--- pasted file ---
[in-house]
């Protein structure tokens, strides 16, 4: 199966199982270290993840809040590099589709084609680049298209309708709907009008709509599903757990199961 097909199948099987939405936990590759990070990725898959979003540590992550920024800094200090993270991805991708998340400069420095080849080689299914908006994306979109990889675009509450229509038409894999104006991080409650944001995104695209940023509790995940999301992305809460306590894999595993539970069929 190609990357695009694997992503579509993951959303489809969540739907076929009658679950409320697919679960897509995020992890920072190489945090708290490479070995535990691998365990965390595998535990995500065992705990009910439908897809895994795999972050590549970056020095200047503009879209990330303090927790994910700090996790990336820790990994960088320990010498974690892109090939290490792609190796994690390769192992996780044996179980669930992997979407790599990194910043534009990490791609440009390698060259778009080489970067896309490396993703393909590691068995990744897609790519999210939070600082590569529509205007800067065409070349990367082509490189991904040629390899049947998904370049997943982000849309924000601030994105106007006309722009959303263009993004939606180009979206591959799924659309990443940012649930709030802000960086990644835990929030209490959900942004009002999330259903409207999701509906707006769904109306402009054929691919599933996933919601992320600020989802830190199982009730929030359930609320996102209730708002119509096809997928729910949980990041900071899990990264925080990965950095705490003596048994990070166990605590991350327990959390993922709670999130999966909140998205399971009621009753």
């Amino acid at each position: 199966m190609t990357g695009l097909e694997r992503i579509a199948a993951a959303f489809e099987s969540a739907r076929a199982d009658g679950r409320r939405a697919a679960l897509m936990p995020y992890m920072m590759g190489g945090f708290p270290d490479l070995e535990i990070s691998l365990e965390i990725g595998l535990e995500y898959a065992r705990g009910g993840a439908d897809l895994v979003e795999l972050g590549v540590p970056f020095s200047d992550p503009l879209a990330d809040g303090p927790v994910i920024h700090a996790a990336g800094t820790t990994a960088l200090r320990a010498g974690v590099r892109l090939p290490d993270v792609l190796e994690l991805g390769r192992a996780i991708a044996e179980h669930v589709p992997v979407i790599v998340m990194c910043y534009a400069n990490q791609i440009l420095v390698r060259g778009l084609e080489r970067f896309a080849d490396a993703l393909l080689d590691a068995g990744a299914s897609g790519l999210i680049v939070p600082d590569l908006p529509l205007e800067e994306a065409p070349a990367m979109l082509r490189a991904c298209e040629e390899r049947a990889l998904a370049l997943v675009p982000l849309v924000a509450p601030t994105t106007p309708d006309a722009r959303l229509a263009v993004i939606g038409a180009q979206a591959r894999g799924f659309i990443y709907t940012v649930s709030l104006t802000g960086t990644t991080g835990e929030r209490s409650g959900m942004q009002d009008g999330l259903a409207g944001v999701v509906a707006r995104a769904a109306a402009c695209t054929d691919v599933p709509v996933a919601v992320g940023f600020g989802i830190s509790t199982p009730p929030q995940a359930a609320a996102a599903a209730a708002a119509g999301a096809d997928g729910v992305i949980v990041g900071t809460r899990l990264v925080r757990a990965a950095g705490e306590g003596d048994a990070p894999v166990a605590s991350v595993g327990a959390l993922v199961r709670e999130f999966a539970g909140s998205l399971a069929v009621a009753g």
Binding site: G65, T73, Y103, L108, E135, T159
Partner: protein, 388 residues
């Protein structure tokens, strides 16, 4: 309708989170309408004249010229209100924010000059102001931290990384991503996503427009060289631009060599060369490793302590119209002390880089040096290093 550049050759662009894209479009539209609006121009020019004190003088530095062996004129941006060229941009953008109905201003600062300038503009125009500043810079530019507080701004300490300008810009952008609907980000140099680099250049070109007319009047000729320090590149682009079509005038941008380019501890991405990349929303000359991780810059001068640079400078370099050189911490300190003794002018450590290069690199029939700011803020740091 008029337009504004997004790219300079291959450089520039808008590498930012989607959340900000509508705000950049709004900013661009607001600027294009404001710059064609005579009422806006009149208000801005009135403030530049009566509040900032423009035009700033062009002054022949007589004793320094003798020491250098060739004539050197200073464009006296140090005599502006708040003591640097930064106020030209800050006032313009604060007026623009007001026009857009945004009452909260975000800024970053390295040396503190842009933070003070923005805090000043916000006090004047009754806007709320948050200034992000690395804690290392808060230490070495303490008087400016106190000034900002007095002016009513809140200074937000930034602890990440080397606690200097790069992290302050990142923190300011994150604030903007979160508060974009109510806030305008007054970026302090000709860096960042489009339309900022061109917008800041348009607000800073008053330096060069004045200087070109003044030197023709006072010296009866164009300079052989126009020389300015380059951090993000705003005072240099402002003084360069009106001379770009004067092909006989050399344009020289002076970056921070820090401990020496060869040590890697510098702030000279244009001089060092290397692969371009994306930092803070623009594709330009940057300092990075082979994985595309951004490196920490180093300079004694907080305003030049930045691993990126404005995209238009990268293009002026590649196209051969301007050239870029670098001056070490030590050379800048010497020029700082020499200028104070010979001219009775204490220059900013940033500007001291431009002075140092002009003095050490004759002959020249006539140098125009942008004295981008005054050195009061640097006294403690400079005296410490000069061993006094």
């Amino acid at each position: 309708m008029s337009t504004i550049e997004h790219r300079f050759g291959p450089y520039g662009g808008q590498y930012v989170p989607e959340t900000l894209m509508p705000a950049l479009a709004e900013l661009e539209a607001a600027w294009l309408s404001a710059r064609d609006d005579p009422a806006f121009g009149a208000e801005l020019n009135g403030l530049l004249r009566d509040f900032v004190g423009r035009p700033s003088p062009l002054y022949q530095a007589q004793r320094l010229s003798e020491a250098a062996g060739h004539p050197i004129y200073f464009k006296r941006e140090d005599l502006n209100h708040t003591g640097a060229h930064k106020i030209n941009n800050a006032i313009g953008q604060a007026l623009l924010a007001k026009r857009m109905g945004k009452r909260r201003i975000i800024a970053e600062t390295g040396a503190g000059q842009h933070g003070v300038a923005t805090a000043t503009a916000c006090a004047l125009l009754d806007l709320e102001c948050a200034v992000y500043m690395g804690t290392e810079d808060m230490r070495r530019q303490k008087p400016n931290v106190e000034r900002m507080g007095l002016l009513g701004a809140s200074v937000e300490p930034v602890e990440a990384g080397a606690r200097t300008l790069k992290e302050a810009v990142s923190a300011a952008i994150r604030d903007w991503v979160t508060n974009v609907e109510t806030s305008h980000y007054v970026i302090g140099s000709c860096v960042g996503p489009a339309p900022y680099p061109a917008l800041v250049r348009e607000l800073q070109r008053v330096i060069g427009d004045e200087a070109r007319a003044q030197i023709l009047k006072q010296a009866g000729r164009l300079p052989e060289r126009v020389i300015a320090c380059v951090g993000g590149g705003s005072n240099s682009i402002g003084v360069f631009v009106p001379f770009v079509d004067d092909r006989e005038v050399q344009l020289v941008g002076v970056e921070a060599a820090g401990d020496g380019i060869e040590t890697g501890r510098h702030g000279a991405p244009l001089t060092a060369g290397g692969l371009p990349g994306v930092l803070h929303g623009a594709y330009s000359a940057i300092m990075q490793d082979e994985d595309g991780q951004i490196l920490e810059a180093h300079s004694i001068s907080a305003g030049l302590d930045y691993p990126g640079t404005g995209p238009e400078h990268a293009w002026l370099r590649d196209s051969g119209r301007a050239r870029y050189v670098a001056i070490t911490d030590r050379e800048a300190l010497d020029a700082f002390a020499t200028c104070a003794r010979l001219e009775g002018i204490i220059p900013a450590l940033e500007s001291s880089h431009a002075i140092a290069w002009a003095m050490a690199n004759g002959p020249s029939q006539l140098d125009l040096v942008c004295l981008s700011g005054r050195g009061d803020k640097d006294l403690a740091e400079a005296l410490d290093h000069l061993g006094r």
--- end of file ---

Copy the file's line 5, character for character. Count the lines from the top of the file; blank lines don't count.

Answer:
Partner: protein, 388 residues